More pertinent are broader strategic questions, such as the potential for the new media to usher in an era in which the disconnect with business is widened.

"There is the potential for marketing people making demands without understanding how the technology works, or getting into solutions mode, or for techno-logy to push a solution that has no business value," Holland says.

CIOs approach these challenges from different angles. Yahoo!7's Sharkey says getting policies in place is the first step.

"This is an area where there has to be very open communications with business and IT needs to understand where business wants to go.

"There's general recognition that if IT wants to stay in control, it has to be on the front foot. It's a control issue and there will be some groups who oppose that."

Yahoo!7 introduced corporate guidelines on areas such as internal blogs and sharing data about a year ago, Sharkey says.

To explore these issues, Murdoch University has set up governance forums that include stakeholders from technology, library and academic groups, to establish lines of responsibility. The school is also adapting policy to such areas as blogging. "The problem is that new things are coming up all the time and it's difficult to keep in front of it," Foley says.

A common theme among CIOs supporting Web 2.0 is that it is driving much closer co-operation between the technology department and business. Lonely Planet has business and IT working together as a single cohort on new projects. About six months ago, it started using agile software development to quickly generate changes business needed. Its strategy is to set up teams of no more than 15 people in the same location, drawing together project managers from traditional business owners, such as marketing or publishing, and putting them together with a technical lead from the IT development team as well as legal, finance and infra-structure to deal with security issues.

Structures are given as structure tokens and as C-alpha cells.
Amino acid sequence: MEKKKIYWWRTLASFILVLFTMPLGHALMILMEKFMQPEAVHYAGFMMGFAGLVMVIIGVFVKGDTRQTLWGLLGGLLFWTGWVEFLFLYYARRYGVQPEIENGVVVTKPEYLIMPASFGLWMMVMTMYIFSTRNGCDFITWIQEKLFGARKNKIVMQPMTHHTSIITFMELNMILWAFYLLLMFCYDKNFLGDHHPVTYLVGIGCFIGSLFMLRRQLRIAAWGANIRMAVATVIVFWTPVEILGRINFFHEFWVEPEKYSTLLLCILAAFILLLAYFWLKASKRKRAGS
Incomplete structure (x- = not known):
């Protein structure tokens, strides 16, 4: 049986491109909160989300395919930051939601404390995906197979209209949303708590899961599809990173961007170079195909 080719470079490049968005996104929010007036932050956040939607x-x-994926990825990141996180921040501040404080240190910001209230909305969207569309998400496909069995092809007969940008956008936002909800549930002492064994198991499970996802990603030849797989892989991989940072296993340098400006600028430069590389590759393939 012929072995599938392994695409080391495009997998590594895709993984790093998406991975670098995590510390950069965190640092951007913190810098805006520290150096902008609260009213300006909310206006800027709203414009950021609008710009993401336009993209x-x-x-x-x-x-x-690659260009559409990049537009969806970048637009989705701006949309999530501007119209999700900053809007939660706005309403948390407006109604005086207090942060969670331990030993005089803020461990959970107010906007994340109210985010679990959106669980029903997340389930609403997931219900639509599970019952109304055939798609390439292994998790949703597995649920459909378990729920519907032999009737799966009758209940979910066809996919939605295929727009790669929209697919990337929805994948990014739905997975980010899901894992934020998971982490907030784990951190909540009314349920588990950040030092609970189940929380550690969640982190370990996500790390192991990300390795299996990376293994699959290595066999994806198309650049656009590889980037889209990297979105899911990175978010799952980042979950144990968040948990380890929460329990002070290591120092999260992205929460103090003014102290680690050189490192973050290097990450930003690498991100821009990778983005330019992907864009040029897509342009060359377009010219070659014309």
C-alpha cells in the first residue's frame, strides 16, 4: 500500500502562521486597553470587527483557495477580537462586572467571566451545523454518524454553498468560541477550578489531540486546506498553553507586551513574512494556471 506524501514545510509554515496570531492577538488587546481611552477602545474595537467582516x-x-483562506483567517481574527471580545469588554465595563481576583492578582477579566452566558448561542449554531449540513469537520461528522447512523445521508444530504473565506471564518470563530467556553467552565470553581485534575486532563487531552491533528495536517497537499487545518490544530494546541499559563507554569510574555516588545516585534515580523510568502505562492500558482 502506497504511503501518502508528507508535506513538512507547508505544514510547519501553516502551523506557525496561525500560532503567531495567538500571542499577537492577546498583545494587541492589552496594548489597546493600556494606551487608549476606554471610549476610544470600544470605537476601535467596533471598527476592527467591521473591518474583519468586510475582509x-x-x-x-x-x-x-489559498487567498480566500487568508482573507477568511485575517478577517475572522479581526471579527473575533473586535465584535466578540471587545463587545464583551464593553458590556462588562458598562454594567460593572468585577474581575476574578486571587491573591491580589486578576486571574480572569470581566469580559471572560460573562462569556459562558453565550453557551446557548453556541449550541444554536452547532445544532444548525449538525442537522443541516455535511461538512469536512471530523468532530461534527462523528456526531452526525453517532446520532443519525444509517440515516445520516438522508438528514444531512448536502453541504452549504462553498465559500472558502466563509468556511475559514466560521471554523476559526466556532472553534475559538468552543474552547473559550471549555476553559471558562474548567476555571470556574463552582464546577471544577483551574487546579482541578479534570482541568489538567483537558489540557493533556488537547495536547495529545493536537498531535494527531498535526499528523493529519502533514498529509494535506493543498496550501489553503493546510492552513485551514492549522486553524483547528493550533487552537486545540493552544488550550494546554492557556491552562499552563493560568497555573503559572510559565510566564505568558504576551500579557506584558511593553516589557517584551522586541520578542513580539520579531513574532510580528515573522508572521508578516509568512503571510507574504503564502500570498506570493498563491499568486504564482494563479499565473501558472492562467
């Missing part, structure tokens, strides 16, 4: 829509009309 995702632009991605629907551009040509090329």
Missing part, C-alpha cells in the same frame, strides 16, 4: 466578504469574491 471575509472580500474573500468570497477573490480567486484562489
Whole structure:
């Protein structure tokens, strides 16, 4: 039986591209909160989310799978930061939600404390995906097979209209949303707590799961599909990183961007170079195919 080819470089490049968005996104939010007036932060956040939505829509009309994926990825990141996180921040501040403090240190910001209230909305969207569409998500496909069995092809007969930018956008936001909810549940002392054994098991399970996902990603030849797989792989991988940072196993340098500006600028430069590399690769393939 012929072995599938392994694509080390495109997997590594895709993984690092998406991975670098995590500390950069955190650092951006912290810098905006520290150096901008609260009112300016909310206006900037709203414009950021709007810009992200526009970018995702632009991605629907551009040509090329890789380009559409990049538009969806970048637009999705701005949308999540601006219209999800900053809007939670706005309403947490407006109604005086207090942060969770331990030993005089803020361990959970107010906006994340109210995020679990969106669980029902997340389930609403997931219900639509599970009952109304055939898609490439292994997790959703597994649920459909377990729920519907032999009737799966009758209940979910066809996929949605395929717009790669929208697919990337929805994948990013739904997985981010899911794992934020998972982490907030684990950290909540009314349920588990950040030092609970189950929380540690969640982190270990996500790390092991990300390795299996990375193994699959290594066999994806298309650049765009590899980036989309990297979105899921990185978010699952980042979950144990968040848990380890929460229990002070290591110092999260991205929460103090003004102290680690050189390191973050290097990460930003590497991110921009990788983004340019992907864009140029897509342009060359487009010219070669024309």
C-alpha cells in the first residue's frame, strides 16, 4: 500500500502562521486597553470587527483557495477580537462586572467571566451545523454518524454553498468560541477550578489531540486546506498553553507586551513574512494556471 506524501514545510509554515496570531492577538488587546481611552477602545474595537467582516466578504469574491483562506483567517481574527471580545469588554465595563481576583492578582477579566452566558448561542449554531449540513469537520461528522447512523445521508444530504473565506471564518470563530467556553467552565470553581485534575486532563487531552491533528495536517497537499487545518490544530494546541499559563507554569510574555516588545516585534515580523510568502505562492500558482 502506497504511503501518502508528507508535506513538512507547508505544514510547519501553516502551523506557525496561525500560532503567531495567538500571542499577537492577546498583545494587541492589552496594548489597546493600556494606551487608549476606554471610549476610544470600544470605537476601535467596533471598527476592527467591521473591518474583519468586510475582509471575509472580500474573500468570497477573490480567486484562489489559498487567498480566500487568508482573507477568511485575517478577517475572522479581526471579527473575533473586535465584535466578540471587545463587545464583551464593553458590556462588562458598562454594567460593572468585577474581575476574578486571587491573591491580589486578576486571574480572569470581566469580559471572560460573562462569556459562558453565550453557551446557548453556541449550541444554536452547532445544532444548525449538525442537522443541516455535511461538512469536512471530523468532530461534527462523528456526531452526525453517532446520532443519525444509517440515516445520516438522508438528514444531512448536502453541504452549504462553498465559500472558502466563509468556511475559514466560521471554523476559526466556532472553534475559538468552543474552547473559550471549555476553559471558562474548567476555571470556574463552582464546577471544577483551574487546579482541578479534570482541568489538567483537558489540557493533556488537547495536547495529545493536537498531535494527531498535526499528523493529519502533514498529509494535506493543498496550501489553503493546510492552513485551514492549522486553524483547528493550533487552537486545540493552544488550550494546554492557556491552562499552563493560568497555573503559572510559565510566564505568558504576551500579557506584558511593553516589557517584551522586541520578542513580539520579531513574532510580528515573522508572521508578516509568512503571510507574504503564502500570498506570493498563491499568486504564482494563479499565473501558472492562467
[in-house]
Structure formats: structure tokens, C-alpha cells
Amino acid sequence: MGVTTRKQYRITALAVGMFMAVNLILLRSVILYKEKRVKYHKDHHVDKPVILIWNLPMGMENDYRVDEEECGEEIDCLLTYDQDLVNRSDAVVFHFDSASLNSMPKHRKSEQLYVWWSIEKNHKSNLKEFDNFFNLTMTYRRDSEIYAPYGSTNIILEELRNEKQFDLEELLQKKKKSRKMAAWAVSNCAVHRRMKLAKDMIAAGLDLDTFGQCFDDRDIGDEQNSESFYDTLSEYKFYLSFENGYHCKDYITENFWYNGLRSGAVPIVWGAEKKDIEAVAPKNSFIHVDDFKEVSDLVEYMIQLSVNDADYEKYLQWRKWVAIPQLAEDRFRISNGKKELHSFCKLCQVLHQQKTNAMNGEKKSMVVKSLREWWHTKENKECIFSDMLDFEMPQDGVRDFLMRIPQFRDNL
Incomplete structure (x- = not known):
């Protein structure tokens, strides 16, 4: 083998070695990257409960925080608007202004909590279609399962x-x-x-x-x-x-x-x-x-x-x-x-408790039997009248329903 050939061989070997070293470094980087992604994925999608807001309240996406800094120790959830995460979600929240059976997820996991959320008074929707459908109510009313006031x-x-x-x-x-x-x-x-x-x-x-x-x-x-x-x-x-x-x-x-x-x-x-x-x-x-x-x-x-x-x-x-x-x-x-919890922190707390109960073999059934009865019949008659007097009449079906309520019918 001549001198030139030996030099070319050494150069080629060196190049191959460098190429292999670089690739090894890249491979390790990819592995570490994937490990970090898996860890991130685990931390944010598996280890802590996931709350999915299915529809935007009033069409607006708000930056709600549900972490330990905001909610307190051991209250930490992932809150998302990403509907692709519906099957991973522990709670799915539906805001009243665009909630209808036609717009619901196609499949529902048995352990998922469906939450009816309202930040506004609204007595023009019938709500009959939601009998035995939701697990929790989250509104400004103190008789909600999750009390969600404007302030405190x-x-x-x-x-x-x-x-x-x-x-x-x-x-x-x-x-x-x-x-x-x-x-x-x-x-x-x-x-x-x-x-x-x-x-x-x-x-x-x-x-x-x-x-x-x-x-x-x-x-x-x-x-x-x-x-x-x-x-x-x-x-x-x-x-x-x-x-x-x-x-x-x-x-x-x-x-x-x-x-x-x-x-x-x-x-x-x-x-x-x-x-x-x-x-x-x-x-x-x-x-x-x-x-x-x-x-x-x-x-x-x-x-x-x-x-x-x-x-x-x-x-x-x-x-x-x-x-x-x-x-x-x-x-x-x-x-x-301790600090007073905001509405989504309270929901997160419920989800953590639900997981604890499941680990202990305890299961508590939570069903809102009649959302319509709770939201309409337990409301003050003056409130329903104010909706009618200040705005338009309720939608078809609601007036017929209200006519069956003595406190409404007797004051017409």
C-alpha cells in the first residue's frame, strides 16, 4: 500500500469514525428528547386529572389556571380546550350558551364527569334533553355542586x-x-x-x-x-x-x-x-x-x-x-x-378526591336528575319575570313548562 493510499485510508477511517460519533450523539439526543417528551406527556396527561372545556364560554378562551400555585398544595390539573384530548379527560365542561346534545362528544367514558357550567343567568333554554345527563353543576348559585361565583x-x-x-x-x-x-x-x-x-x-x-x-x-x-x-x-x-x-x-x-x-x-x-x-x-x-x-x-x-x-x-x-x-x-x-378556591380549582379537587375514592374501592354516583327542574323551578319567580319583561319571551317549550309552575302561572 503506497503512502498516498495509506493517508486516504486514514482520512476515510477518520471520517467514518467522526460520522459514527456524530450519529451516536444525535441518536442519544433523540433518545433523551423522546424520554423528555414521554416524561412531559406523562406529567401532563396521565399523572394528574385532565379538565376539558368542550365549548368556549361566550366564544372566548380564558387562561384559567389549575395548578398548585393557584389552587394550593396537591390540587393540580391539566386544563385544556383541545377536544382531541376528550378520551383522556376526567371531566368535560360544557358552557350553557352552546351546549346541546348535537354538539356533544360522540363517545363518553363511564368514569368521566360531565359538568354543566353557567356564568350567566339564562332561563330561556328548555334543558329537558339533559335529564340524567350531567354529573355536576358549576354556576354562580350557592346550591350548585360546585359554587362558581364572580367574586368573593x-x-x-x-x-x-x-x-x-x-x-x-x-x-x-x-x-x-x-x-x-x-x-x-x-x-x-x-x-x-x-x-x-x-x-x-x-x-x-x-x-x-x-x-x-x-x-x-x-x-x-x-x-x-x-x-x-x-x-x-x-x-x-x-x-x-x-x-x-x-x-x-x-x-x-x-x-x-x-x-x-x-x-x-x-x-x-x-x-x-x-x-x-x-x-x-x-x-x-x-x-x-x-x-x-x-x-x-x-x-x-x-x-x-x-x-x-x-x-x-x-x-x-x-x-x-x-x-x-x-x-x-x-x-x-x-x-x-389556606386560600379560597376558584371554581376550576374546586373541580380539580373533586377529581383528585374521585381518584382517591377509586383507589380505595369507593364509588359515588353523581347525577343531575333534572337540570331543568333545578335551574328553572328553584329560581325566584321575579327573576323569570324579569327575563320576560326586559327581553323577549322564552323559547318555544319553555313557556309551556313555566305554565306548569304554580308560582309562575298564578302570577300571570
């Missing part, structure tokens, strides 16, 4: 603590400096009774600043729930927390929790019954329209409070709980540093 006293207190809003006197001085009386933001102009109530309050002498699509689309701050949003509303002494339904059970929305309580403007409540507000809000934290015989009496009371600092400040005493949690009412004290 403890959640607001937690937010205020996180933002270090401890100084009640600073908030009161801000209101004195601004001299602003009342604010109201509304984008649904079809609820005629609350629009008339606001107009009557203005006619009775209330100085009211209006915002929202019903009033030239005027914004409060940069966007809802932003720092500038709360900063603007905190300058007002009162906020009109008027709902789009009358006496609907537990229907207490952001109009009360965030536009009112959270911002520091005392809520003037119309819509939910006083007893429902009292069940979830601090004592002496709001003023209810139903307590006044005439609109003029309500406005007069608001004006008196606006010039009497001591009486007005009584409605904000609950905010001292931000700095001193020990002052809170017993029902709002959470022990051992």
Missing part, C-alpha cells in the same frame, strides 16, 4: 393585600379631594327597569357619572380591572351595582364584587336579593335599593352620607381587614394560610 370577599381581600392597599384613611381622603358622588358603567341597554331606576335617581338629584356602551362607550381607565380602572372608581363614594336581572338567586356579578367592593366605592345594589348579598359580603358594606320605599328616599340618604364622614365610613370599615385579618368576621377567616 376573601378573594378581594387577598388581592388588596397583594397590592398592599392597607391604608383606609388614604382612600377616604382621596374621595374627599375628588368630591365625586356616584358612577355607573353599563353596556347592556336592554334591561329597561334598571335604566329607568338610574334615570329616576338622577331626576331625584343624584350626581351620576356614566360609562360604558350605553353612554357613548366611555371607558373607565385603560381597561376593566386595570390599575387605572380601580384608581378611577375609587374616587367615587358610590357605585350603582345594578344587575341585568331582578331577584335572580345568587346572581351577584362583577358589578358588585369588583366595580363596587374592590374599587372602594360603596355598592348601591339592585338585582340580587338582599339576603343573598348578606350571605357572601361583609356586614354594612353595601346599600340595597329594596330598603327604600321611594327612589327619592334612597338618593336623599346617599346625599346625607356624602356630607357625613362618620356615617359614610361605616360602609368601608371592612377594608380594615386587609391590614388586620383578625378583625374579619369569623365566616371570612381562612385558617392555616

"It's a much more interactive and a more collaborative approach to development. "These project leads are not just technology-driven any more because it is moving so quickly that you have to be working very closely.

"We are now seeing a much tighter co-operation between IT and business as a result of this new orientation.

"If we were developing in the old style, it would take 12 months to bring the project to market and in that time the market would have shifted, or it wouldn't be what business asked for," Holland says.

Lonely Planet has a batch of projects on the cards, including a website redesign. Recently it released a video-sharing site - www.lonelyplanet.tv - that lets users upload video and map it via a Google Map mash up at the bottom of the homepage. "The improvements we've seen are phenomenal," says Holland, who oversees about 100 staff, including a team of 15 to 20 developers.